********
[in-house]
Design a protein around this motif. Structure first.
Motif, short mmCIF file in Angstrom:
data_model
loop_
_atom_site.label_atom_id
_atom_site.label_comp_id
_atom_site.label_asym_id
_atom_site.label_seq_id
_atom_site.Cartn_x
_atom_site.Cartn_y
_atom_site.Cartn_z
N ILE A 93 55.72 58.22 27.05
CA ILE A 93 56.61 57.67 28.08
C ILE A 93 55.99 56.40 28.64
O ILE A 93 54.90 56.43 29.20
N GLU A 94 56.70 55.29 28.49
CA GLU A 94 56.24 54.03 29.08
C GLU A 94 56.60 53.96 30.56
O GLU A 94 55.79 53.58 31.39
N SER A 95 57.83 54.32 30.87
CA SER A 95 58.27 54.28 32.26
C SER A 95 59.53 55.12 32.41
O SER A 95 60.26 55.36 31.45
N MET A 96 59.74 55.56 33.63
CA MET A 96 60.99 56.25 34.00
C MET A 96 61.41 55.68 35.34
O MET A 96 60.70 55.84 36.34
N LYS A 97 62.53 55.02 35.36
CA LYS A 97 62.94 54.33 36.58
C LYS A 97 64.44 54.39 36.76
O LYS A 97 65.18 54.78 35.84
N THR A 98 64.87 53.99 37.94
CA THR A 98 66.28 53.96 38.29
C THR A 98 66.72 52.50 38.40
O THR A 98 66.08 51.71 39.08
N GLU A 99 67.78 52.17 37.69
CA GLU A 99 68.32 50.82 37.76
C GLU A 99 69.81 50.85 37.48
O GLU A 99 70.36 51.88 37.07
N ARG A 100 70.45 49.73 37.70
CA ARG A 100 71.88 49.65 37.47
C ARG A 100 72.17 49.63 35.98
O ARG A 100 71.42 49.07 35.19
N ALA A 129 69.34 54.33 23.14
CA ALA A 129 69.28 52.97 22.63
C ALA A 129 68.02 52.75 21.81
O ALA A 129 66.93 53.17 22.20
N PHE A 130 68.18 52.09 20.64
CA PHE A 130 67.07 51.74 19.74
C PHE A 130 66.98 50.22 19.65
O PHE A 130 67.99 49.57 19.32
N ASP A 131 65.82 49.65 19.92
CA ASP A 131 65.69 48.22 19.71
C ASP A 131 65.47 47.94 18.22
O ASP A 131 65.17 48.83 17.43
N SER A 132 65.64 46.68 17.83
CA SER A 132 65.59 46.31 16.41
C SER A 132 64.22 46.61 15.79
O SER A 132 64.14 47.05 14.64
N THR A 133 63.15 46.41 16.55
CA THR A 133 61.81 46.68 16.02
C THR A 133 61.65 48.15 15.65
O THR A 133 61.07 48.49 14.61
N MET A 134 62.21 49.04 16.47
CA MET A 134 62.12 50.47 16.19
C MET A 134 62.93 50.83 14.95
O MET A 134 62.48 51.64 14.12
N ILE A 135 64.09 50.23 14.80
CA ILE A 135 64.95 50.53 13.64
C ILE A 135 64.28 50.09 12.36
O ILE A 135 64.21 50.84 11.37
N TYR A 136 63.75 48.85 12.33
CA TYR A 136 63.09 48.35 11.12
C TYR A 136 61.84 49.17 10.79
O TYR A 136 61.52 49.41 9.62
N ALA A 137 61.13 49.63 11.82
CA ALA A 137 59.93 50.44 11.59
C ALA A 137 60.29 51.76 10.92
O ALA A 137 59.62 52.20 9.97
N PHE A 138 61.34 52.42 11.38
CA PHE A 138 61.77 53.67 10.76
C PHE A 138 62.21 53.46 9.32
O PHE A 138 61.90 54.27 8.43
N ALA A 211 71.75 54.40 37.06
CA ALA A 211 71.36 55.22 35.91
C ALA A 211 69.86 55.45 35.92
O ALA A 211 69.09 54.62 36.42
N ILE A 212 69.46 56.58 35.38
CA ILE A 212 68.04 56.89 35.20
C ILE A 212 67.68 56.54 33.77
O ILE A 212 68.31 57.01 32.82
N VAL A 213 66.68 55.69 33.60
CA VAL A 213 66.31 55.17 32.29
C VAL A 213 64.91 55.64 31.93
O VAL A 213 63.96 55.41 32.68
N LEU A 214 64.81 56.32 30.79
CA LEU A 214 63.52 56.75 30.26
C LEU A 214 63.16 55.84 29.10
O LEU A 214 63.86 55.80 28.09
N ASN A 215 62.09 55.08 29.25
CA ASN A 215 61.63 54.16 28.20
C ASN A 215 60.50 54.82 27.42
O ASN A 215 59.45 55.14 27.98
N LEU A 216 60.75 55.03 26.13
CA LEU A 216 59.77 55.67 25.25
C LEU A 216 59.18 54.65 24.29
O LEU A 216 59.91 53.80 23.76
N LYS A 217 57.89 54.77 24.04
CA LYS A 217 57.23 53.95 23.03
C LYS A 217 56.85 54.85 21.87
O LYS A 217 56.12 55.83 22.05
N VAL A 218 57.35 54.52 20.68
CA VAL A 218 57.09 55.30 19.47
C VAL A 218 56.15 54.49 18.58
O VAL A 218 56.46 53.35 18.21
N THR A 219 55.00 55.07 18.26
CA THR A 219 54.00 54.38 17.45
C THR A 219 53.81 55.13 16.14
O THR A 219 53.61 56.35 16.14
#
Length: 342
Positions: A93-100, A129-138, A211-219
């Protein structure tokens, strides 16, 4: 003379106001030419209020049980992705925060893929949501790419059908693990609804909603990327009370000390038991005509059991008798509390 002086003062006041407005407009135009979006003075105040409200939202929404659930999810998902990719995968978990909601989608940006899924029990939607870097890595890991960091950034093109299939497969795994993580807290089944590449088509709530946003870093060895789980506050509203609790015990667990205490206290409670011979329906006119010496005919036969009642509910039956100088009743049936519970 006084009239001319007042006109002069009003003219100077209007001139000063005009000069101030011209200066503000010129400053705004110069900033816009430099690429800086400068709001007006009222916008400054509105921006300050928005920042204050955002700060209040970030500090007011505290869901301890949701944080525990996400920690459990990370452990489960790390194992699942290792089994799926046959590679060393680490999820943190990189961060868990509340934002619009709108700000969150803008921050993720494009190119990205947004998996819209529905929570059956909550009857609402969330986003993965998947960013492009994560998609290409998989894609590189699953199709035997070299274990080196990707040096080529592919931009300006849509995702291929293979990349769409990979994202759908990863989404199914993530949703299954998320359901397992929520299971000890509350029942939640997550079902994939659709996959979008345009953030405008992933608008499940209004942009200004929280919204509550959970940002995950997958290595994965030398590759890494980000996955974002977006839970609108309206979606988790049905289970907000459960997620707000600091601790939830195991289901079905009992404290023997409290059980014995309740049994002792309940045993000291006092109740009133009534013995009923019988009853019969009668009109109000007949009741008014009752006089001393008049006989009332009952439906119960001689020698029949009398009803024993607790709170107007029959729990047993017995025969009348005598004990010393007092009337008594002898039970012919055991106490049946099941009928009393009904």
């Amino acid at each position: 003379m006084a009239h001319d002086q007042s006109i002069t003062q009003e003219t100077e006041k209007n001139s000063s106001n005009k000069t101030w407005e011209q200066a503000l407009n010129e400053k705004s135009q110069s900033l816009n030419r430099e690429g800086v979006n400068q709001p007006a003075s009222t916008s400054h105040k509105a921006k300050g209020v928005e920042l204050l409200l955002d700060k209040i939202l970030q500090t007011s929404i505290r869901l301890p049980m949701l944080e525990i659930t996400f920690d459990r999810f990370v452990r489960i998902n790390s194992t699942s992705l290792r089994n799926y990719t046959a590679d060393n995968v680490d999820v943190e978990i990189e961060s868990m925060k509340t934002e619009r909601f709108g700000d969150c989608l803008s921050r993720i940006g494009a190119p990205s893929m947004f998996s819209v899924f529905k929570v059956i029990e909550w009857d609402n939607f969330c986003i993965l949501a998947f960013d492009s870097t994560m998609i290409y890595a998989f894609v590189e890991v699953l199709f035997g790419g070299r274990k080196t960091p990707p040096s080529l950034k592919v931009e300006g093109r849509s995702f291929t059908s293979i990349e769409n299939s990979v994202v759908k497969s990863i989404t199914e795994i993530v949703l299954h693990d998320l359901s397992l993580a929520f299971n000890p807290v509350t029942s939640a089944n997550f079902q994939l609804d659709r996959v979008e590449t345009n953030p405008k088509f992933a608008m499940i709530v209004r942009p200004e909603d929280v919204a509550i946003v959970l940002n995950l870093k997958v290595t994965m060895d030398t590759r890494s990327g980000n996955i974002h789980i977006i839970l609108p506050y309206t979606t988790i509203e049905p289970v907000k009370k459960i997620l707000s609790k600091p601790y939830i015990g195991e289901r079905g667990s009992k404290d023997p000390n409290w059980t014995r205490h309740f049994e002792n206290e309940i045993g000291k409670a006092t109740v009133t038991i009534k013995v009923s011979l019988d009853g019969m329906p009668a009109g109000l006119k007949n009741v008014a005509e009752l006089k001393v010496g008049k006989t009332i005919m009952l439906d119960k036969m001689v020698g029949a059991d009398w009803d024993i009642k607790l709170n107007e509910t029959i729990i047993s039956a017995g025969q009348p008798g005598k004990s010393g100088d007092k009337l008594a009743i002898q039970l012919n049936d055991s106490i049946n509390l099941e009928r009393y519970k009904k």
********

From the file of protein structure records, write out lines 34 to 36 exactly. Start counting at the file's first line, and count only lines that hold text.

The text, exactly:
CA THR A 98 66.28 53.96 38.29
C THR A 98 66.72 52.50 38.40
O THR A 98 66.08 51.71 39.08